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  • Sport

O’Donoghue gives football his priority

Tuesday, 14th March, 2017 2:00pm
O’Donoghue gives football his priority

Hands on the prize: Cork’s Sean O’Donoghue pictured at the recent 2017 EirGrid GAA All-Ireland U21 football championship launch. (Photo: Brendan Moran/Sportsfile)



CORK’S upcoming EirGrid Munster U21 FC campaign, which begins against either Tipperary or Limerick in Páirc Uí Rinn next Wednesday evening at 7.30pm, will be Seán O’Donoghue’s third in the grade.

The Inniscarra dual star, who played a key role from centre-forward as Seán Hayes’ side reached the All-Ireland final last year, losing to Mayo, has been named as captain for this year. While a torn quad muscle has hampered him in this year’s nascent stages, it is expected that he will once again be central to the Rebels’ hopes.

O’Donoghue played at minor in both codes in 2014 and – assuming he is chosen by the hurlers – will be a three-year dual U21. In fact, it is in the smaller ball that he has represented Cork at senior level, playing in the Waterford Crystal Cup in 2015 and that competition’s successor, the Co-op Munster Hurling League, this January.

He might well have been more of a part of Kieran Kingston’s plans with the senior hurlers this spring but for being bestowed with the captaincy of the U21 footballers.

‘I’d have grown up playing hurling, it was always the way in Inniscarra,’ he says.

‘Even still, I’d probably have been more of a natural footballer with the athleticism involved, and it’s probably the main reason that I’m a forward in football and a back in hurling.

‘I’d still love to play hurling for Cork, but I felt that, having been named captain of the U21s, I had to give that the priority.

‘In fairness to Kieran Kingston, he said to focus on that and then we’d see where I was after the championship ends. I’d be hopeful that I haven’t missed my opportunity.’

For now though, the pressing matter is trying to lead Cork to what will be the last U21 championship before it is replaced by U20. Paradoxically, to do that means not thinking about it and just focusing on the immediate task at hand.

With all of his experience, O’Donoghue is more than aware of the pitfalls.

‘In 2015, we beat Limerick in the first match and then we beat Kerry in the Munster semi-final.

‘That put us into the Munster final against Tipperary but we were probably looking ahead to the All-Ireland semi-final rather than focusing properly and they beat us, we couldn’t have any complaints.

‘When we got together then at the start of last year, we were adamant that that wasn’t going to happen us again and I think you saw in the games against Clare and Waterford that we weren’t going to allow any complacency, we brought a huge intensity to both of those games and the fact that there was competition for places meant there was no let-up.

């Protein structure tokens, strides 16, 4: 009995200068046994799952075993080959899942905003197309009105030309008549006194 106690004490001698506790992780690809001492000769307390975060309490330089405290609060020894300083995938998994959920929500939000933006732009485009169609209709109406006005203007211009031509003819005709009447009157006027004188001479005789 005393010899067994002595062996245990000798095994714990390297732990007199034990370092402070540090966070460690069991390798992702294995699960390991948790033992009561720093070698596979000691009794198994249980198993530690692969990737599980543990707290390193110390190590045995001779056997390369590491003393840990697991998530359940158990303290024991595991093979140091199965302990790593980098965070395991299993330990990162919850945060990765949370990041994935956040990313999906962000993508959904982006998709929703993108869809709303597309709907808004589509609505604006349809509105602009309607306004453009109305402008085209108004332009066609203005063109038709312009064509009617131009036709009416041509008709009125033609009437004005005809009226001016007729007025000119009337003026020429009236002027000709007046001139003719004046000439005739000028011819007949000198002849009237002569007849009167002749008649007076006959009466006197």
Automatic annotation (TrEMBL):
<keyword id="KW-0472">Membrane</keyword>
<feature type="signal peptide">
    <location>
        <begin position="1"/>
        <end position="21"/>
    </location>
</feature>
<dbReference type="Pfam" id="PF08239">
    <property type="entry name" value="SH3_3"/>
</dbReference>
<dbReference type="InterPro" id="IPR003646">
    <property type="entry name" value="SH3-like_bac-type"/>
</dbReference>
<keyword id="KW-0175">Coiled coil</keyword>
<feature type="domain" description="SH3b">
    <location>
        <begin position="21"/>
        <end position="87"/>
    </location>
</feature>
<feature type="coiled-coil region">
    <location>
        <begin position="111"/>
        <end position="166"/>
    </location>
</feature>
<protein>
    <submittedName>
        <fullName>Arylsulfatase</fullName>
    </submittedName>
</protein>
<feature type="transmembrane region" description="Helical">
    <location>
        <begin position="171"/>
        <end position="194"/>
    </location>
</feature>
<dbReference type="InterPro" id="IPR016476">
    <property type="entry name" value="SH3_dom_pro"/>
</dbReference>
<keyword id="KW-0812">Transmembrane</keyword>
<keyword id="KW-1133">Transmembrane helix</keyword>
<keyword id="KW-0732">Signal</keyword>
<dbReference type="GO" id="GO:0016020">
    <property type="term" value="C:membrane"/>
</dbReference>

‘We need to have the same this year because it won’t be easy. It’d be very special to win the last U21 before the change, but you try not to think that way.’

O’Donoghue is a third-year commerce student in UCC, though he opted against playing in either the Fitzgibbon or Sigerson Cups this year so as not to over-burden himself.

Of last year’s panel, he is one of 12 still available to manager Hayes – the others are defenders John Mullins, Dylan Quinn, Kevin Flahive, Seán O’Leary of Bantry Blues, who can play at wing-back or midfield, Dohenys’ Eoin Lavers and in attack Castlehaven’s Michael Hurley, Cian Kiely, Brian Coakley, Stephen Sherlock, Dan Ó Duinnín and Seán Powter.

The manager himself is in his fifth year in charge, having a replaced Castlehaven’s John Cleary. In that period, Cork have won Munster on three occasions out of four, 2013, ’14 and ’16, though last year was the only final, with Cork’s last All-Ireland in 2009.

O’Donoghue is looking ahead with optimism, though.

‘Seán has been there with a good while, so he has been able to bring fellas through and know how they’ll fit in,’ he says.

‘There are a lot of us there since last year and we’re still hurting a bit since the All-Ireland final.

‘There were mistakes made that day, so I suppose you could say now that we know what not to do.

‘It’s just about doing things right from the start, beginning on Wednesday night.’